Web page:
This morning Joe Girardi made it clear that Derek Jeter will continue to be the Yankees’ leadoff hitter despite coming off a career-worst season that included a career-low .340 on-base percentage.
Here’s what the manager had to say about leaving Jeter atop the lineup:
We signed him to be our shortstop and we signed him to be our leadoff hitter. And he’s got a pretty good track history of what he’s done in the game of baseball. I’m not really too concerned about him as our leadoff hitter. But as we all know in this game, you have to prove yourself year in and year out, no matter who you are. That’s just the nature of the game, and there’s always people trying to take your job.
Even while posting the worst numbers of his career Jeter’s batting average (.270), on-base percentage (.340), and slugging percentage (.370) were all above average among American League leadoff men, who hit .267/.330/.364 as a group in 2010. In other words, only in a lineup as strong and deep as the Yankees’ is his hitting leadoff really an issue.
Brett Gardner provides the clearest alternative to Jeter. He’s faster and offers far more base-stealing ability than Jeter, and easily topped his OBP last season by a .383 to .340 margin. Of course, Jeter posted a .406 OBP in 2009 while Gardner got on base at a .345 clip, so there’s no guarantee Gardner will be the superior on-base option this season.
When most people talk about batting order changes the focus tends to be on who’s hitting before or after whom, but the biggest impact of moving Jeter from the leadoff spot to, say, the ninth spot, would be far fewer plate appearances. Instead of leading off the game his first trip to the plate would likely come in the second or third inning, and last season the first spot in New York’s lineup batted 786 times compared to the ninth spot batting 632 times. By sticking with Jeter at leadoff Girardi is giving him an extra 100-150 plate appearances.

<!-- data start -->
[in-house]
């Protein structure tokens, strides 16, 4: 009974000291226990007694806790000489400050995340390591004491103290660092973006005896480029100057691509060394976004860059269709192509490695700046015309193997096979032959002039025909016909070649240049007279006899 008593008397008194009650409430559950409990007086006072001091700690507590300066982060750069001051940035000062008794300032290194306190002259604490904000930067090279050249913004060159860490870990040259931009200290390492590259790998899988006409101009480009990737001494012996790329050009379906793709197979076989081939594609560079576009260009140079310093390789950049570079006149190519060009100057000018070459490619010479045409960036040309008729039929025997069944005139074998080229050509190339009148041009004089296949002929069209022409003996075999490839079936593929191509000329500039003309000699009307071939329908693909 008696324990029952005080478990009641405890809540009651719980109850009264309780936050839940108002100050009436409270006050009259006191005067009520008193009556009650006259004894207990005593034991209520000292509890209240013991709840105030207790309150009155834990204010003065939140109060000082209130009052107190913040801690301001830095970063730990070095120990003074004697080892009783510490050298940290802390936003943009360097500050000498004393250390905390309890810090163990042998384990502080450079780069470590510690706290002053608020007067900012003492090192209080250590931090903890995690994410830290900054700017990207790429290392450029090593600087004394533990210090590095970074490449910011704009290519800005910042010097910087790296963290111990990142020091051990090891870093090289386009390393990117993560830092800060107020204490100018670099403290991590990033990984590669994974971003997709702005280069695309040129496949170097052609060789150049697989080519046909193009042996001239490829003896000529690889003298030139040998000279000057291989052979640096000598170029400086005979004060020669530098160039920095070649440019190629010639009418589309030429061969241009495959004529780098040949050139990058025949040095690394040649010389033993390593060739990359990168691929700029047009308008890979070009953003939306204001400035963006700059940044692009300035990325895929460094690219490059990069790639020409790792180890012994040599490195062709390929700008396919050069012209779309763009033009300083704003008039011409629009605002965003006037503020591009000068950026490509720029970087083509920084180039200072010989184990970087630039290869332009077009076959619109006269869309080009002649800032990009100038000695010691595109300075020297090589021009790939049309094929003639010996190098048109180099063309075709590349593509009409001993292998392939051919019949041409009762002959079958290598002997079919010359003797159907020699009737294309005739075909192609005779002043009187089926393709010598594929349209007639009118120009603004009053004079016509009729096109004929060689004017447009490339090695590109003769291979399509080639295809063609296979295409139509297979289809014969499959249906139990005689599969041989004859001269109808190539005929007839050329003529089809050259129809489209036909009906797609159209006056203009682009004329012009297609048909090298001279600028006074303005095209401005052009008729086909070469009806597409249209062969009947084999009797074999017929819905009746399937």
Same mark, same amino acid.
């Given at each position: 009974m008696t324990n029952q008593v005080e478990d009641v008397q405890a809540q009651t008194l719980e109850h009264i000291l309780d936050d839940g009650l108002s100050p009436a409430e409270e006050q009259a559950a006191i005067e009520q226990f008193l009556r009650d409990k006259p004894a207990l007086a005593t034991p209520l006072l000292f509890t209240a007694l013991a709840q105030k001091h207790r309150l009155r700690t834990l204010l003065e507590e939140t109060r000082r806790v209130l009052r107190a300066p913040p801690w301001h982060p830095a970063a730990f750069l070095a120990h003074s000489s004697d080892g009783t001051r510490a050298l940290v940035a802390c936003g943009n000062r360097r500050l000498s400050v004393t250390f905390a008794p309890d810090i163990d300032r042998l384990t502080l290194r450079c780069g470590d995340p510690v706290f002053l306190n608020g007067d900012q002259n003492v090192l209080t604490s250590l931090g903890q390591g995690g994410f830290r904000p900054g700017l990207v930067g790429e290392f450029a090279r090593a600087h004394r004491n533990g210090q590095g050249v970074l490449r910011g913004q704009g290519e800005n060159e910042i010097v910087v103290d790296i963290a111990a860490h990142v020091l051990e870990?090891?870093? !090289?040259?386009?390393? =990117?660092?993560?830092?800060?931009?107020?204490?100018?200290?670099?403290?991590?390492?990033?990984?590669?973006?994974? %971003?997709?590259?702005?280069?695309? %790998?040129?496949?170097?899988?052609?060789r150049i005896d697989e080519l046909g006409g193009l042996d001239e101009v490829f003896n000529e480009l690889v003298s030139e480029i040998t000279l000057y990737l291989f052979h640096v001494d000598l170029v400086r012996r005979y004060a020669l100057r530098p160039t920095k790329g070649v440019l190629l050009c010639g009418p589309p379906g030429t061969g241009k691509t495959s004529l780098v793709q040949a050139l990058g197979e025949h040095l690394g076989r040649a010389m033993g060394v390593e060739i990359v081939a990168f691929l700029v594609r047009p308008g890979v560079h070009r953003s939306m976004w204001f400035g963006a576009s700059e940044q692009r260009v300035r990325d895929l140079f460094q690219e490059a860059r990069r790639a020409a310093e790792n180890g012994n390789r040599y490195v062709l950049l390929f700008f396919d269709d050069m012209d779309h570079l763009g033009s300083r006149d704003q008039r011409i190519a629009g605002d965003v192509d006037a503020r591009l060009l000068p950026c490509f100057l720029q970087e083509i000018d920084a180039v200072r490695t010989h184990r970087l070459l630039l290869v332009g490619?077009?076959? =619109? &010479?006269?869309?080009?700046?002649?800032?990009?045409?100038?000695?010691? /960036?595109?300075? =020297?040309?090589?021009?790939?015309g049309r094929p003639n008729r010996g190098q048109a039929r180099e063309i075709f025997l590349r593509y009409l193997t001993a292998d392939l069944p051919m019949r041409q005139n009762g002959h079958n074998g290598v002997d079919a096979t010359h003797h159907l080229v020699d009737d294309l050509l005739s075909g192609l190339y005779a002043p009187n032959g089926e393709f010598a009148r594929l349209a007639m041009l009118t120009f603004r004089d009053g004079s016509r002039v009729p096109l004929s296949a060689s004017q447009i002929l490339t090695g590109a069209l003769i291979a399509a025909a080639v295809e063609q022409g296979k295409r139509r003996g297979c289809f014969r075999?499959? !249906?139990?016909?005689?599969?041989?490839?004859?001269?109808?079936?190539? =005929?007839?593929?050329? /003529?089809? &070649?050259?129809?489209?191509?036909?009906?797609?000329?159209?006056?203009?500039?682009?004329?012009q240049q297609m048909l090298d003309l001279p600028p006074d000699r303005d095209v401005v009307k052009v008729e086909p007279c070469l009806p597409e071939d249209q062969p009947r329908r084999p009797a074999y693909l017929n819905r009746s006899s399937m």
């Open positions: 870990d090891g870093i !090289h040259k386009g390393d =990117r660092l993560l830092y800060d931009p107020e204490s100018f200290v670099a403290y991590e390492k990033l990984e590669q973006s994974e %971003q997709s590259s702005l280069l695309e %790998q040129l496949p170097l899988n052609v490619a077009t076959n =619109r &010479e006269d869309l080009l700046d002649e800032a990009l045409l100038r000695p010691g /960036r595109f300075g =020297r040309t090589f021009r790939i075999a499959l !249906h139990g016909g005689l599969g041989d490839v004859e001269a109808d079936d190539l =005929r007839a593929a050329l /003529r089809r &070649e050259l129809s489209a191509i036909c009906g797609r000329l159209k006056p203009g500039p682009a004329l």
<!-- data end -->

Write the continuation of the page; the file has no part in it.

Craig covered the bulk of Rob Manfred’s quotes from earlier. The commissioner was asked about robot umpires and he’s not a fan. Via Jeff Passan of Yahoo Sports:
Manfred was wrong to blame the player’s union’s “lack of cooperation” on proposed rule changes, but he’s right about robot umps and the strike zone. The obvious point is that robot umps cannot yet call balls and strikes with greater accuracy than umpires. Those strike zone Twitter accounts, such as this, are sometimes hilariously wrong. Even the strike zone graphics used on television are incorrect and unfortunate percentage of the time.
The first issue to consider about robot umps is taking jobs away from people. There are 99 umps and more in the minors. If robot umpiring was adopted in collegiate baseball, as well as the independent leagues, that’s even more umpires out of work. Is it worth it for an extra one or two percent improvement in accuracy?
Personally, the fallibility of the umpires adds more intrigue to baseball games. There’s strategy involved, as each umpire has tendencies which teams can strategize against. For instance, an umpire with a more generous-than-average strike zone on the outer portion of the plate might entice a pitcher to pepper that area with more sliders than he would otherwise throw. Hitters, knowing an umpire with a smaller strike zone is behind the dish, may take more pitches in an attempt to draw a walk. Or, knowing that information, a hitter may swing for the fences on a 3-0 pitch knowing the pitcher has to throw in a very specific area to guarantee a strike call or else give up a walk.
The umpires make their mistakes in random fashion, so it adds a chaotic, unpredictable element to the game as well. It feels bad when one of those calls goes against your team, but fans often forget the myriad calls that previously went in their teams’ favor. The mistakes will mostly even out in the end.
I haven’t had the opportunity to say this often, but Rob Manfred is right in this instance.
ESPN’s Howard Bryant is reporting that Major League Baseball has approved a rule allowing for a dugout signal for an intentional walk. In other words, baseball is allowing automatic intentional walks. Bryant adds that this rule will be effective for the 2017 season.
MLB has been trying, particularly this month, to improve the pace of play. Getting rid of the formality of throwing four pitches wide of the strike zone will save a minute or two for each intentional walk. There were 932 of them across 2,428 games last season, an average of one intentional walk every 2.6 games. It’s not the biggest improvement, but it’s something at least.
Earlier, Commissioner Rob Manfred was upset with the players’ union’s “lack of cooperation.” Perhaps his public criticism was the catalyst for getting this rule passed.
Unfortunately, getting rid of the intentional walk formality will eradicate the chance of seeing any more moments like this: